September 9, 2022
Lately I’ve been revisiting my relationship with the color pink.
I never liked the color pink. I rarely wore it and, for the most part, did not allow it into my life. I’ve only recently started to question why that is.
Society links the color pink with girls and girlishness. From the earliest time I can remember, I was, what we called back then, a Tomboy. Traditional notions of girlishness did not appeal to me.
Later in life, I rejected the color pink because I wanted to be taken seriously. Girlishness, I apparently thought, did not fit in with that agenda.
I’m not exactly sure what prompted me to begin inviting the color pink into my life. It was probably the fact that I’d blocked it for so long and harbored such negative feelings toward it that I realized it’s probably something worth exploring. Such strong feelings about something as innocent as a color must be coming from somewhere important, right?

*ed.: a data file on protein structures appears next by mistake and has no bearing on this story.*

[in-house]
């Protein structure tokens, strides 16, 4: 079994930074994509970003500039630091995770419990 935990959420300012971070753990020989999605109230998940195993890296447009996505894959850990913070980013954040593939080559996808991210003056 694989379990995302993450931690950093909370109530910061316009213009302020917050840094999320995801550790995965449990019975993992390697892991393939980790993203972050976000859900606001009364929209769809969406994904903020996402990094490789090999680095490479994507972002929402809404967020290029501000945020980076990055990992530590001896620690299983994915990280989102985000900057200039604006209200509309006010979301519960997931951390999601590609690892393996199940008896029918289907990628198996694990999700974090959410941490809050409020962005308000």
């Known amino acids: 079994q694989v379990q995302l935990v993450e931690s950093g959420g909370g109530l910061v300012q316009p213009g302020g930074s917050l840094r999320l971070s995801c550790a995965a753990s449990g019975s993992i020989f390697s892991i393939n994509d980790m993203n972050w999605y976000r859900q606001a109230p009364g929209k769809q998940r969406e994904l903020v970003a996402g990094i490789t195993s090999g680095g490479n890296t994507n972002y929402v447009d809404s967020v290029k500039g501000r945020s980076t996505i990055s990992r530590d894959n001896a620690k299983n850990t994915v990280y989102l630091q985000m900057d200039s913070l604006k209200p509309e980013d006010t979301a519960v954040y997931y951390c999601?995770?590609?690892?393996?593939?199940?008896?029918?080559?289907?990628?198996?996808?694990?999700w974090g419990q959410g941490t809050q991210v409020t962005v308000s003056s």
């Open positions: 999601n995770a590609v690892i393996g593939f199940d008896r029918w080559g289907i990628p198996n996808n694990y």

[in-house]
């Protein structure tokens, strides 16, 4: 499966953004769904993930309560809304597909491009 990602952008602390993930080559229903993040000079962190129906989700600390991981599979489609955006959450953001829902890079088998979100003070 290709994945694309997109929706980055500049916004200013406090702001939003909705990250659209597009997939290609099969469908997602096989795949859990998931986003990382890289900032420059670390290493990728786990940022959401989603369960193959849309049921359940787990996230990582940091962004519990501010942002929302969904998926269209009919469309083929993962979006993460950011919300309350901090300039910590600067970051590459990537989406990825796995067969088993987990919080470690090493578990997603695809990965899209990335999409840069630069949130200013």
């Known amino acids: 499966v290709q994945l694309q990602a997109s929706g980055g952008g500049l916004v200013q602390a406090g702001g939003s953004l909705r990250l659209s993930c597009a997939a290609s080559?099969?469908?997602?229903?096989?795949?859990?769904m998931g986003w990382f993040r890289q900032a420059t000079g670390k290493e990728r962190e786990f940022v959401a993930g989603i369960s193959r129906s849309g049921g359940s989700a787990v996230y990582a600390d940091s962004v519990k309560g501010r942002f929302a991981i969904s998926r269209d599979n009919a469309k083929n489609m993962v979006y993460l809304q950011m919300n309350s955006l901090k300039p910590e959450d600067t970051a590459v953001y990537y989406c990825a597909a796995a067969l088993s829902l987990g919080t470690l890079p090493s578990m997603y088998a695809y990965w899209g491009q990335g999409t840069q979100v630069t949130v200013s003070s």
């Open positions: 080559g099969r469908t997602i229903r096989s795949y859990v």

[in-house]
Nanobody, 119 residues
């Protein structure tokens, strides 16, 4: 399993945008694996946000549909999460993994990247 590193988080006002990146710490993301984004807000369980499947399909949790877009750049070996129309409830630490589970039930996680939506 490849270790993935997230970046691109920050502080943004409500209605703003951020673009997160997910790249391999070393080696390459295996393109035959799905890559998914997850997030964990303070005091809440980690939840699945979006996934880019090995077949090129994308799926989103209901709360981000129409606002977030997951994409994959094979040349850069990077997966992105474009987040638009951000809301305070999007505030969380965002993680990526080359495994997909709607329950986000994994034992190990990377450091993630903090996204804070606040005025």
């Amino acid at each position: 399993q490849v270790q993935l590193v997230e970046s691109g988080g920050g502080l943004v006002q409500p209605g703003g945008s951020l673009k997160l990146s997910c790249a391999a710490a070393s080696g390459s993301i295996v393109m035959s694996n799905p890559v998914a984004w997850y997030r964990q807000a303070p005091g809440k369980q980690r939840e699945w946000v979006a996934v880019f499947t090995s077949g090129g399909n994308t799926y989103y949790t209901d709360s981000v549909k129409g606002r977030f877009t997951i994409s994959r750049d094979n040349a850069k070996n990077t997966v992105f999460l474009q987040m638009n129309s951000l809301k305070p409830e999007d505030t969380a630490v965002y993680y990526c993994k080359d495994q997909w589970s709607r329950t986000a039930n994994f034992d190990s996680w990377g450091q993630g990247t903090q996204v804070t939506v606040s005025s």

Or maybe, on this personal development journey of mine, I just wanted to try something radically new. So I started wearing pink. If I’m being honest, it made me uncomfortable. Which puts me where I am today, finally questioning why that is.
When I think about the feelings the color pink evokes, it’s something akin to vulnerability. The color itself, to me, looks vulnerable. I get a visual image of a soft, fleshy, wet, gelatinous blob. No defenses. Sort of like an earthworm, only pinker, softer, blobbier—and unable to move. The color pink has no escape from the attack.
The very color that everyone associates with girls and girlishness, to me, is akin to vulnerability. Which means that femininity equals vulnerability. Which means that the very nature of being female, makes you vulnerable. That sounds about right.
Time to dive next into what it means to be vulnerable…